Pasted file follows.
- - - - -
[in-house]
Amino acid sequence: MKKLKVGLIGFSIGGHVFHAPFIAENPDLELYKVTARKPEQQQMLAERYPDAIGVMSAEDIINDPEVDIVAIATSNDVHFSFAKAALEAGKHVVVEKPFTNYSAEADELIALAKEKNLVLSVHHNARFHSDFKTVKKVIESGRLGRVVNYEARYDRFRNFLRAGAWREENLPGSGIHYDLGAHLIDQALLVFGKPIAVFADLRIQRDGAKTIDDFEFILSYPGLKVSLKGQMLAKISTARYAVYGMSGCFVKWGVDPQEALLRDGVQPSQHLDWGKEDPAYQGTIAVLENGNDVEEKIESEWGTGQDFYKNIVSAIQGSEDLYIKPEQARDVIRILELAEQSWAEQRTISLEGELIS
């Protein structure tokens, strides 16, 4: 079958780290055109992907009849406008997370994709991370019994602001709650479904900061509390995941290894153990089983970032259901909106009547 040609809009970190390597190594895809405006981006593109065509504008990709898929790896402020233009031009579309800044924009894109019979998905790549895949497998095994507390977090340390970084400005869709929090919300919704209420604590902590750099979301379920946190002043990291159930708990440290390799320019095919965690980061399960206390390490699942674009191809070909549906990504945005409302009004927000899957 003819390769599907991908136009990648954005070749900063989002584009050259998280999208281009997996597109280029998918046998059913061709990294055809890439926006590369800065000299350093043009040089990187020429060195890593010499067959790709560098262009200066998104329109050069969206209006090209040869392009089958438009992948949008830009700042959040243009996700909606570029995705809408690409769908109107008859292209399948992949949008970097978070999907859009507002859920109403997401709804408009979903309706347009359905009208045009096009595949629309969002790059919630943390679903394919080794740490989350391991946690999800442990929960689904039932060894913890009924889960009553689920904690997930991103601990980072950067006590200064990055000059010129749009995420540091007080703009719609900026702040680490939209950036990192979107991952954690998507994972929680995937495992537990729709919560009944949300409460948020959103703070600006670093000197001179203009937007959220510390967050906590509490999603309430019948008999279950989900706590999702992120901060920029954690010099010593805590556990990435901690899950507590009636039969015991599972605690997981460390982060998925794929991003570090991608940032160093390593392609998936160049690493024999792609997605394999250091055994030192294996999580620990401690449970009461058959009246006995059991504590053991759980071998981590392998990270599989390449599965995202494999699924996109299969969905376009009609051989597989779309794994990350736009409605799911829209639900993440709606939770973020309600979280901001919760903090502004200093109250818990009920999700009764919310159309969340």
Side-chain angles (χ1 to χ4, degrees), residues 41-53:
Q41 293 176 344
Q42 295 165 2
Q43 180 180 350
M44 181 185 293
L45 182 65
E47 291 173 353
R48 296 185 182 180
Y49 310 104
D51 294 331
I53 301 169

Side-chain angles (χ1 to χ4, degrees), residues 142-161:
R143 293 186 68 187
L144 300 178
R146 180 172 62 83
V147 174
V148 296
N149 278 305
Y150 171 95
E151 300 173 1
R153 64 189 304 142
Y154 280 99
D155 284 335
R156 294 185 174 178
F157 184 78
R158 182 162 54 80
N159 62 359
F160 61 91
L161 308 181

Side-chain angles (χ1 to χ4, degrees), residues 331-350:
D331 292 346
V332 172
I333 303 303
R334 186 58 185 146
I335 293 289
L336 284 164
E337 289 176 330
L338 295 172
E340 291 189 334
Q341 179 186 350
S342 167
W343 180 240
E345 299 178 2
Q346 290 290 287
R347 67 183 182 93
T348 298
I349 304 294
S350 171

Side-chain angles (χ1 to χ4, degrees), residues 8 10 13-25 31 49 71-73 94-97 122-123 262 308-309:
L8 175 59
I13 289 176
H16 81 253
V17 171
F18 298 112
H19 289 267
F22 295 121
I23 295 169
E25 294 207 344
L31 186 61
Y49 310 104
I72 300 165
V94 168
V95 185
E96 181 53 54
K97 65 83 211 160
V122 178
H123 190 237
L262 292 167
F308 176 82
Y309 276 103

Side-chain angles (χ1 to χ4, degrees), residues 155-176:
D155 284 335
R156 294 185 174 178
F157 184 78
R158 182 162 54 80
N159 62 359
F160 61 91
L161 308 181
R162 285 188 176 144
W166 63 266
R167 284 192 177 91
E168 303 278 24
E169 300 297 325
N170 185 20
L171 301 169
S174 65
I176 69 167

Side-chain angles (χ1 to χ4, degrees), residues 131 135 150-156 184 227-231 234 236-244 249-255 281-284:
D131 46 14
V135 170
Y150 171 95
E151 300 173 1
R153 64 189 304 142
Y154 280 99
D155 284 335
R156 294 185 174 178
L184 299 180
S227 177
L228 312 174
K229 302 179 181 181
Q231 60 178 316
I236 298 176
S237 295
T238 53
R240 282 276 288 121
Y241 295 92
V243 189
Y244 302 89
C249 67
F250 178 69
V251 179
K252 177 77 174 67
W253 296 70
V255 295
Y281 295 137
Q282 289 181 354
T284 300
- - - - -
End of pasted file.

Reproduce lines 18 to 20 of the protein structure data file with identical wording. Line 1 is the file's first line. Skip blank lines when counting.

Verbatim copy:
R146 180 172 62 83
V147 174
V148 296